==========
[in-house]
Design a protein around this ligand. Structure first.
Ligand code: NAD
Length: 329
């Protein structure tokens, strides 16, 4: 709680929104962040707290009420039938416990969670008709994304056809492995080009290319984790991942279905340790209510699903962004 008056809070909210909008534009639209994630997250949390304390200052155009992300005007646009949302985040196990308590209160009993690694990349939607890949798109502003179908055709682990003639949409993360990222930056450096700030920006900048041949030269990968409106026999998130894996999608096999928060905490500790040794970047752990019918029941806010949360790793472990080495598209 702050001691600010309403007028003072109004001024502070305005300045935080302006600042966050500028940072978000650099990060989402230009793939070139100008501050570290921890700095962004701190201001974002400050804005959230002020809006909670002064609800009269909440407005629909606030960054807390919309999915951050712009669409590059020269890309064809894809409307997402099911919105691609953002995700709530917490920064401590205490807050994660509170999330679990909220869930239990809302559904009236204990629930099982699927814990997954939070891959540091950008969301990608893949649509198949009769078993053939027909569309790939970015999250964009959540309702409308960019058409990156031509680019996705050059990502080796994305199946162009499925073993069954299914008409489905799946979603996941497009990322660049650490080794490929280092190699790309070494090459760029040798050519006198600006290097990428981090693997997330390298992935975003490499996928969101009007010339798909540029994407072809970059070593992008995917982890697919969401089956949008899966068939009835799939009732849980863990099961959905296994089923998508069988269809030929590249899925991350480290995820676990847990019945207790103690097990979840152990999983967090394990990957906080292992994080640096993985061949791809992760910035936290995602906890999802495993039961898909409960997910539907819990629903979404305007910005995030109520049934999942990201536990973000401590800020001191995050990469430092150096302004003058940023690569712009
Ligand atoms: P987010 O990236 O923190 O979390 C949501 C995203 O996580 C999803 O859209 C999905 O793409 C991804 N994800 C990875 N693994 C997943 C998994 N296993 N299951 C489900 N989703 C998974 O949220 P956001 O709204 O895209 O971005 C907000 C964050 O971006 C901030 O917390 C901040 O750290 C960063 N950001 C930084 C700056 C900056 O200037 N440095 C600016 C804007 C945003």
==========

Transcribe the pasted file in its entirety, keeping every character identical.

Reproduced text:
[in-house]
Design a protein around this ligand. Structure first.
Ligand code: NAD
Length: 329
């Protein structure tokens, strides 16, 4: 709680929104962040707290009420039938416990969670008709994304056809492995080009290319984790991942279905340790209510699903962004 008056809070909210909008534009639209994630997250949390304390200052155009992300005007646009949302985040196990308590209160009993690694990349939607890949798109502003179908055709682990003639949409993360990222930056450096700030920006900048041949030269990968409106026999998130894996999608096999928060905490500790040794970047752990019918029941806010949360790793472990080495598209 702050001691600010309403007028003072109004001024502070305005300045935080302006600042966050500028940072978000650099990060989402230009793939070139100008501050570290921890700095962004701190201001974002400050804005959230002020809006909670002064609800009269909440407005629909606030960054807390919309999915951050712009669409590059020269890309064809894809409307997402099911919105691609953002995700709530917490920064401590205490807050994660509170999330679990909220869930239990809302559904009236204990629930099982699927814990997954939070891959540091950008969301990608893949649509198949009769078993053939027909569309790939970015999250964009959540309702409308960019058409990156031509680019996705050059990502080796994305199946162009499925073993069954299914008409489905799946979603996941497009990322660049650490080794490929280092190699790309070494090459760029040798050519006198600006290097990428981090693997997330390298992935975003490499996928969101009007010339798909540029994407072809970059070593992008995917982890697919969401089956949008899966068939009835799939009732849980863990099961959905296994089923998508069988269809030929590249899925991350480290995820676990847990019945207790103690097990979840152990999983967090394990990957906080292992994080640096993985061949791809992760910035936290995602906890999802495993039961898909409960997910539907819990629903979404305007910005995030109520049934999942990201536990973000401590800020001191995050990469430092150096302004003058940023690569712009
Ligand atoms: P987010 O990236 O923190 O979390 C949501 C995203 O996580 C999803 O859209 C999905 O793409 C991804 N994800 C990875 N693994 C997943 C998994 N296993 N299951 C489900 N989703 C998974 O949220 P956001 O709204 O895209 O971005 C907000 C964050 O971006 C901030 O917390 C901040 O750290 C960063 N950001 C930084 C700056 C900056 O200037 N440095 C600016 C804007 C945003």